Philadelphia City Commissioner Al Schmidt said Wednesday that despite claims spreading in conservative circles online, there's no evidence that any dead people voted in the city.
"I have seen the most fantastical things on social media, making completely ridiculous allegations that have no basis in fact at all and seen them spread," Schmidt, a Republican co-chair of the three-member panel in charge of the city's elections, told CNN in an interview.
He cited a report about "a long list of people that they said were dead voters who voted in Philadelphia. So, when we took a break between everything else that we're doing, we looked it up, each one of them to see what their vote history was. Not a single one of them voted in Philadelphia after they died," Schmidt said.
Giuliani, one of President Donald Trump's personal lawyers, told Fox News over the weekend that Philadelphia is “an epicenter of voter fraud” and said “we’re going to be looking at dead persons’ ballots, which may actually be very, very substantial.”
Asked if he had seen any evidence of widespread fraud, Schmidt said, "I have not. If evidence of widespread fraud, or evidence of any fraud at all is brought to our attention, we take a look at it and we refer it to ... law enforcement, as we always do in every election."
Trump apparently watched Schmidt's interview - he tweeted afterward that Schmidt's a "so-called Republican" who "refuses to look at a mountain of corruption & dishonesty. We win!"
A spokesperson for the city commissioner dismissed the tweet, telling NBC News, “I have no idea what the president is saying.”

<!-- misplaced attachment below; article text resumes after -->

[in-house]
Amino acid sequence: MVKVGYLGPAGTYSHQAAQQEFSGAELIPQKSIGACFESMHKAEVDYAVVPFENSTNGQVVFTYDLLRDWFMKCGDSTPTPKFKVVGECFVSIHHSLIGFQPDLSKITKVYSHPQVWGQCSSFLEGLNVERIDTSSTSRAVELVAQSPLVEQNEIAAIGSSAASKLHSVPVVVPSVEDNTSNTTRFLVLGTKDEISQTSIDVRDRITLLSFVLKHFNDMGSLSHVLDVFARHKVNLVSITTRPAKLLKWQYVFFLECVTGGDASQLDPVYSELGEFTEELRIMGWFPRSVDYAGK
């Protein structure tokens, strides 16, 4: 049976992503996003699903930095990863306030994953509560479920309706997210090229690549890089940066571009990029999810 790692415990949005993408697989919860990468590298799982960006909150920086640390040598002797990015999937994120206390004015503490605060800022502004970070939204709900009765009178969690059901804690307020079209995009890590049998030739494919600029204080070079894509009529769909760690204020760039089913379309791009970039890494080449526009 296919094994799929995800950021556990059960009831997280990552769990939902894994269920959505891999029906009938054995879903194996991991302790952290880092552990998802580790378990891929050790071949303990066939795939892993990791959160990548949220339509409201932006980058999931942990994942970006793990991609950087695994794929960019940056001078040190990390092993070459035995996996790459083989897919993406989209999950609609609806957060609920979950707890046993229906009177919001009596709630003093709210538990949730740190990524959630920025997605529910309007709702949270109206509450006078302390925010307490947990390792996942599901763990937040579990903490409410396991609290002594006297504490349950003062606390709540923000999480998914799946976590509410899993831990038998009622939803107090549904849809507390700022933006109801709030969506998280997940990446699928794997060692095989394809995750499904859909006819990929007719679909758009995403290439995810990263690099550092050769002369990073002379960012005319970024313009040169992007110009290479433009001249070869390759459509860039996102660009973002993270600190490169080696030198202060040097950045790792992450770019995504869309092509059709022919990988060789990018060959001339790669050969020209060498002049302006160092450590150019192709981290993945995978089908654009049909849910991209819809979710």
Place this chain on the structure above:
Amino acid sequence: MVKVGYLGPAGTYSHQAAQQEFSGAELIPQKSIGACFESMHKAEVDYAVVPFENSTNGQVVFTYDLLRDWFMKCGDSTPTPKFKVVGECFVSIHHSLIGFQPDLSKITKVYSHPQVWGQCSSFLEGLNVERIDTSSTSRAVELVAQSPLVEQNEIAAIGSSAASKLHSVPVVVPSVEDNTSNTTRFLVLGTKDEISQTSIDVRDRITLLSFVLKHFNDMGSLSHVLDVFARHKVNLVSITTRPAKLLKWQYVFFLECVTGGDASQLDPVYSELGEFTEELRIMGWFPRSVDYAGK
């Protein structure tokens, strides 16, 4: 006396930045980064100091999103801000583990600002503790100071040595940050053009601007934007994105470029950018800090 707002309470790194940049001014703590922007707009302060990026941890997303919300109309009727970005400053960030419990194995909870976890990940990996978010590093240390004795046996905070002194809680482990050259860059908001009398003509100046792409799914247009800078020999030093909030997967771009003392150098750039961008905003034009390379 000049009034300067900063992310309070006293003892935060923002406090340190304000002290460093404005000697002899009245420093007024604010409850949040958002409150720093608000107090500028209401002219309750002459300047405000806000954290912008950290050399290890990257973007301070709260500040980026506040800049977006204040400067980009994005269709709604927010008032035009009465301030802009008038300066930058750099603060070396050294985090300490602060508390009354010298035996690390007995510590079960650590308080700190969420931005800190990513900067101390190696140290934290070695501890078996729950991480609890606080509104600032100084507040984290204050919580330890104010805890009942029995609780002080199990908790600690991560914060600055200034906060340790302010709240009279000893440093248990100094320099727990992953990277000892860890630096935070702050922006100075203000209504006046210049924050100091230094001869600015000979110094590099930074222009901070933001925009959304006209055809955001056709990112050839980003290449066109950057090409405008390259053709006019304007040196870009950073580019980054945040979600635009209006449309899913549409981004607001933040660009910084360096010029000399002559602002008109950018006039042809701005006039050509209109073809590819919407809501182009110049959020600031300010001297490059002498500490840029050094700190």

There has been at least one incident elsewhere in Pennsylvania where a registered Republican in Luzerne County reportedly attempted to apply for an absentee ballot for his dead mother, but he didn’t make it past the application phase.
In Nevada, the Trump campaign has complained about voters who "improperly cast" their votes there despite not living in the state. Military.com reported Tuesday that a large chunk of those voters appears to be military voters, who are legally entitled to vote absentee in their home of record.
Schmidt told "TODAY" ahead of the 2016 election that the chances of rigging a presidential election in Philadelphia were "zero," after then-candidate Trump claimed the election results in Pennsylvania were going to be "fixed" against him. Trump wound up winning the state then by almost 45,000 votes.
With 98 percent of the vote in Wednesday, Trump is losing the state to Joe Biden by around 48,000 votes.
Schmidt said Wednesday he's been baffled by the amount of eagerly-accepted misinformation in the election.
"I realize a lot of people are happy about this election and a lot of people are not happy about this election. One thing I can't comprehend is, how hungry people are to consume lies and to consume information that is not true,” he told CNN.